?Zappa plays Zappaƒ?TM at the State

By Jesse Sawyer

My parents are cooler than your parents. It’s just a fact, and it’s time we got it out of the way. My dad plays in a band and sports a handlebar mustache. My mom brings me food and beer and doesn’t mind the fact that I answer her phone calls with “What’s up, dyke?” I’m sure your parents love you and that’s swell. They just can’t compete with mine for coolness. Your parents probably introduced you to Paul Simon’s Graceland, right? Mine woke me up most mornings with Led Zeppelin IV blaring from the living room stereo. It just doesn’t compare.

There are few bands that my parents haven’t seen live at some point in their lives. Listening to the car stereo on the twenty-five minute drive into downtown Duluth, they’d punctuate the silence between songs with “I saw them at the DECC,” memories of an era since passed, when cool bands still made stops in my hometown. It was always a source of regret for me, that I’d never see these bands in their prime. But none so much as the eccentric genius of Frank Zappa, whose music was so totally ingrained in the fabric of my parents’ musical background that they threw birthday parties in his honor following his death in 1993.

It was only fitting that I went with Mom and Dad to the Zappa Plays Zappa show on Friday, October 20, at the State Theater. We got loaded and got set, bonding over the shared experience of shotgunning cans of High Life and passing a joint to get our heads straight for a proper Zappa experience. The show was to be the first authoritative performance of Frank Zappa’s work since his death, fronted by his son Dweezil and featuring longtime Zappa band members Terry Bozzio on drums, Steve Vai on guitar, and Napoleon Murphy Brock on vocals and saxophone, as well as a backing band. I may not be able to see the man himself in person, but this was as close as I was gonna get.
After having initial problems at the gate (Mom and Dad were a little too tipsy), we found our seats, excellent balcony spots in a venue that has no bad seating whatsoever. Taking the time to scan the crowd served as a lesson in the generational differences in reception to Zappa’s music. While there were certainly as many members of my generation as there were of my parents’ in attendance, I noticed something I’ve wondered about all my life: ‘cool’ kids don’t listen to Frank anymore. Or rather, ‘hip’ kids, I should say, since the difference is potentially vast.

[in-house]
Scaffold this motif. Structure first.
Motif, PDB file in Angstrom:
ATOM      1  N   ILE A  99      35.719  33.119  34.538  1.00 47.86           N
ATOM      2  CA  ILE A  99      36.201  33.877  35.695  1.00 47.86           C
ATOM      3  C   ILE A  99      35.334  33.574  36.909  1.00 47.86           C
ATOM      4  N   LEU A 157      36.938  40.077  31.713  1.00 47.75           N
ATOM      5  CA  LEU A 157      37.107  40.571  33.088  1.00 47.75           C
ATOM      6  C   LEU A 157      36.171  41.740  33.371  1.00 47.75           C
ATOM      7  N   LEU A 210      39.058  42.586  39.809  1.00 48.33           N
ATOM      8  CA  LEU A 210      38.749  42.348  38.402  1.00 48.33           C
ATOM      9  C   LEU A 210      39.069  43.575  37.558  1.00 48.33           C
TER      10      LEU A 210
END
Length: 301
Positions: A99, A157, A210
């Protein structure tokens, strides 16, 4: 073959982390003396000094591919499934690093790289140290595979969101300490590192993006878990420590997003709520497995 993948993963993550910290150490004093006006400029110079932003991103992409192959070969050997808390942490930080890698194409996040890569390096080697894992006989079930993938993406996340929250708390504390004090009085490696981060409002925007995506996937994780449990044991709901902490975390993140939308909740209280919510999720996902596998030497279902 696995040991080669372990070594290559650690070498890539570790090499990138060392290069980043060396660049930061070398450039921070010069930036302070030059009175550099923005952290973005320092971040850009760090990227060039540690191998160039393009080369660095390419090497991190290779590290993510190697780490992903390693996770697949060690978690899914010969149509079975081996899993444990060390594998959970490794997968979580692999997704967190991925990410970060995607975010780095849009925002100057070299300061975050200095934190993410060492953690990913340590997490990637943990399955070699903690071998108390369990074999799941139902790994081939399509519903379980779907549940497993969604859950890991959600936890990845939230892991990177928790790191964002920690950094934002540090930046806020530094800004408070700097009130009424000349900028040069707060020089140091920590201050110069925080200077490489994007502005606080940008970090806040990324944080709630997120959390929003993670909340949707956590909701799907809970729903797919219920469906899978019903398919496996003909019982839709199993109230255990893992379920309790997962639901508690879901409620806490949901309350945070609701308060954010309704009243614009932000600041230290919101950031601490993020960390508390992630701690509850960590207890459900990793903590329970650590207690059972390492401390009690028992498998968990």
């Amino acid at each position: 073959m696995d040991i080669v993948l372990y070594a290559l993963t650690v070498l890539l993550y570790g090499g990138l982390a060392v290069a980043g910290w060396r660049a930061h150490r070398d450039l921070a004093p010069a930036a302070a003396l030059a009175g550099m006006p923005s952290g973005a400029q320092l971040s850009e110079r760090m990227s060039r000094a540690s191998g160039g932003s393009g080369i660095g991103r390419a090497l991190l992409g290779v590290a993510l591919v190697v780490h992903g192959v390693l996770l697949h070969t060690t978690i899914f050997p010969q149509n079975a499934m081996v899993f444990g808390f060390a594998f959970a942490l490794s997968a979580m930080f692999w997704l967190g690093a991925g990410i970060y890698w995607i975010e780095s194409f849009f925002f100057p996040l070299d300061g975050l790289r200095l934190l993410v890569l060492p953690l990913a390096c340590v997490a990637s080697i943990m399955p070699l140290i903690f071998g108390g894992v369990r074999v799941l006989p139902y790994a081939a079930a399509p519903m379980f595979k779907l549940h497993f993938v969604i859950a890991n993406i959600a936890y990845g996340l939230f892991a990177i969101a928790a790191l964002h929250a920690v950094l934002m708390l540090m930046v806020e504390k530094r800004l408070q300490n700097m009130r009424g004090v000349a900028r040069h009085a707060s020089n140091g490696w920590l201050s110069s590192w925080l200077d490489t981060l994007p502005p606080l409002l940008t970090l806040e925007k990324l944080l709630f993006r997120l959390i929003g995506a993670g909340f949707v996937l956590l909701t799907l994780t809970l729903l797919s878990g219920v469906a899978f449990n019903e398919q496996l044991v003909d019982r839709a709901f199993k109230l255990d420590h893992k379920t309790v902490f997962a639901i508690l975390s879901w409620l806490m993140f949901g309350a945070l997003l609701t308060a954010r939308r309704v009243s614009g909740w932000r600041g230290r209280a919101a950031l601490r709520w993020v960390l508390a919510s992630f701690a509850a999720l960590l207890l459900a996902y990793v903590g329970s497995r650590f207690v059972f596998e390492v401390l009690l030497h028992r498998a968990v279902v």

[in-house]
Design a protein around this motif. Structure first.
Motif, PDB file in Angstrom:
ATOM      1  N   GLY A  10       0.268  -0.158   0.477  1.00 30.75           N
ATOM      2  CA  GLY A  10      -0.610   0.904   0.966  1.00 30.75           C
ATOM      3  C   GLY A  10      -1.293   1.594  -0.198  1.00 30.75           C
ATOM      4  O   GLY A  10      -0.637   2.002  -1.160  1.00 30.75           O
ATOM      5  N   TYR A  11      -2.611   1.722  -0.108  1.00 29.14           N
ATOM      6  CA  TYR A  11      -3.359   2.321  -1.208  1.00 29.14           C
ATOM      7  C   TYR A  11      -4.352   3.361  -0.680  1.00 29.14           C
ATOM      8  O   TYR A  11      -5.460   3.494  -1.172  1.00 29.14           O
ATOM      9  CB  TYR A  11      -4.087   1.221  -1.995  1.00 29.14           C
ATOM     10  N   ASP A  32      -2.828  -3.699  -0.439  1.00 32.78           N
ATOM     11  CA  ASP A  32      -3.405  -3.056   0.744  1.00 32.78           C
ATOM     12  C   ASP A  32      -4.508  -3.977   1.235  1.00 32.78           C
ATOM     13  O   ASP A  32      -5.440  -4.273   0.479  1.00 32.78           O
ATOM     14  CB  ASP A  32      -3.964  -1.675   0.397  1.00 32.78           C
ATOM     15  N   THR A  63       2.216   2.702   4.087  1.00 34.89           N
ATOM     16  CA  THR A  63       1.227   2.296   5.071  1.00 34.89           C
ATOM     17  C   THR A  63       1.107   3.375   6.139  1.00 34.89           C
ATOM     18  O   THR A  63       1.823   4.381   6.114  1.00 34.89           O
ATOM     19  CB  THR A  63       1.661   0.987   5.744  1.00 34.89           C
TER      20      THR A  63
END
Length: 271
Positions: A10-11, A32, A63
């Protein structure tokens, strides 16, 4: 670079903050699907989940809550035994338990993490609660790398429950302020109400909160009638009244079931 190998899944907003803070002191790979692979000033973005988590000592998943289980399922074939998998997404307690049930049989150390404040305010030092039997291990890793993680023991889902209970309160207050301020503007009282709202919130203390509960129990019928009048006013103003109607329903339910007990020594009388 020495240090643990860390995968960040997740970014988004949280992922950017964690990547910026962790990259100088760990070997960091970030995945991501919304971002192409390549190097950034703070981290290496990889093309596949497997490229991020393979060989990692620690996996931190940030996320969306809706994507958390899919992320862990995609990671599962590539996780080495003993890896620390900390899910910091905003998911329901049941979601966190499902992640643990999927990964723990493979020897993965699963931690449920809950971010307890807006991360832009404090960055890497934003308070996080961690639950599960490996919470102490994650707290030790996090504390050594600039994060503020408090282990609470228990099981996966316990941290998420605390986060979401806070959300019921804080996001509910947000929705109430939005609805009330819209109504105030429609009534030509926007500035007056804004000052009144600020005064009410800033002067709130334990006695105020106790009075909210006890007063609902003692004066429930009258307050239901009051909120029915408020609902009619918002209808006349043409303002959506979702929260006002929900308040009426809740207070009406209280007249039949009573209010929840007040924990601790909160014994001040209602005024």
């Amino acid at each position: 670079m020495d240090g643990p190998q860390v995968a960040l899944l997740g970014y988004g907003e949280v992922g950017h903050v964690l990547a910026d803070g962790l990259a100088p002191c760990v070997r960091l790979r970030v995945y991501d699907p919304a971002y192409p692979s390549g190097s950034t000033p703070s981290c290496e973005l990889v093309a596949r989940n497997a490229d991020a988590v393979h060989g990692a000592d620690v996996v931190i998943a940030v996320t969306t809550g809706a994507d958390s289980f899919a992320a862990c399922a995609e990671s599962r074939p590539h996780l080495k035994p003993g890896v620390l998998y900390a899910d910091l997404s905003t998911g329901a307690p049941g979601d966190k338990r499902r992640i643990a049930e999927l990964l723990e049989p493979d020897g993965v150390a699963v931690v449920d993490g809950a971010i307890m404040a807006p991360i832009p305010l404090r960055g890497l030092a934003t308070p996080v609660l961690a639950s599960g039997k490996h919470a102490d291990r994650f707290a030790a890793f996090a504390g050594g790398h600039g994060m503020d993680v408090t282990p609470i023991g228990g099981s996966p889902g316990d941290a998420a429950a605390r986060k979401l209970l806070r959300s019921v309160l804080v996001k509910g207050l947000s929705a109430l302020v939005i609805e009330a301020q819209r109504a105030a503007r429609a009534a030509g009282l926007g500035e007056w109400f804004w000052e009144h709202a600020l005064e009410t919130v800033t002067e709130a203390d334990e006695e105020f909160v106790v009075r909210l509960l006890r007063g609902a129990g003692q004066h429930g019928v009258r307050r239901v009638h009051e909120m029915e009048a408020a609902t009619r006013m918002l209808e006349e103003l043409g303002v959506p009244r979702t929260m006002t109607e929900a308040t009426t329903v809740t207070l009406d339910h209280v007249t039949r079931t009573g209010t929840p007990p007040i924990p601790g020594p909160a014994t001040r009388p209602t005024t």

The majority of the fans seemed to be musicians (marked either by their branded clothing or their obvious gear-geek fascination with the stage equipment) and some were dreaded neo-hippie freaksters, replete with white-kid dreads, oversized clothes, and the bulge of a hacky-sack in every pocket. I found my way to the cash bar, dodging clouds of patchouli and talk of ‘polyrhythmic composition,’ wondering what it all meant. In an age when the underground music scene supposedly grows more eclectic and accessible through the wide reach of internet file-sharing, why aren’t more people getting into Zappa? Is he simply too weird for today’s uptight Pitchfork-approved tastes? If so, what does that say about today’s self-described ‘independent’ listeners?

With the audience visibly anxious for a show that could either enthrall or disappoint, the band took to the stage, with Dweezil carrying one of his father’s well-worn Gibson SG guitars, and wearing the ugliest fucking pants I have ever seen. Regardless of his sartorial shortcomings, Dweezil proved from the outset that he has some of Papa Frank’s magic, opening the performance with Zappa’s signature conducting, in which the band leader uses unorthodox cues and hand gestures to direct the band through a difficult improvisation. The band proved able, as they would throughout the night, to keep up with the technical demands of this type of music, and the homage was a welcome introduction.
The show focused mainly on Zappa’s output from 1966’s Freak Out! to 1974’s Apostrophe(‘), a fifteen-album period (!) that provided ample opportunities for the band to extend itself into the Zappa ether. They sounded best when Brock sang, as he does on the original albums, augmented by a female harmonist, and worst at the few times when only Frank’s trademark baritone would’ve satisfied. The addition of drum icon Terry Bozzio, still as insane and flippant onstage as he was over twenty years ago, was welcomed with a frenzy, as was guitar god Steve Vai’s appearance. With this veteran-flanked lineup, the concert reached towering new heights, with songs extending well beyond their original lengths, guitar duels, and Terry Bozzio performing the notoriously-difficult “Black Page” drum line, augmented with fills that even the original lacked.
The show focused more on the technically-complex compositions of Zappa’s catalog, perhaps in deference to the musician-heavy fanbase in attendance, but hit the mark best when this was balanced with Frank’s trademark humor and rock sensibilities. This was apparent in the extended performance of “Montana,” the highlight of the concert, whose sing-along chorus (“Moving to Montana soon / Gonna be a dental floss tycoon”) balanced out the more jam-oriented elements perfectly.

The show didn’t disappoint. But, then again, maybe it couldn’t have. The first song got a standing ovation, and each and every song afterward received the same treatment. This was an audience hungry for Zappa’s music, whether as a nostalgic reminder of seeing him back in the good old days, or as a stand-in for a man who tragically passed before a generation of fans could see him live. As I helped my parents stumble through the exit, I caught the glazed expression in my dad’s eye and he smiled. “Was it like that?” I asked him. “Yeah. It was like that,” he grinned, “almost exactly like that.”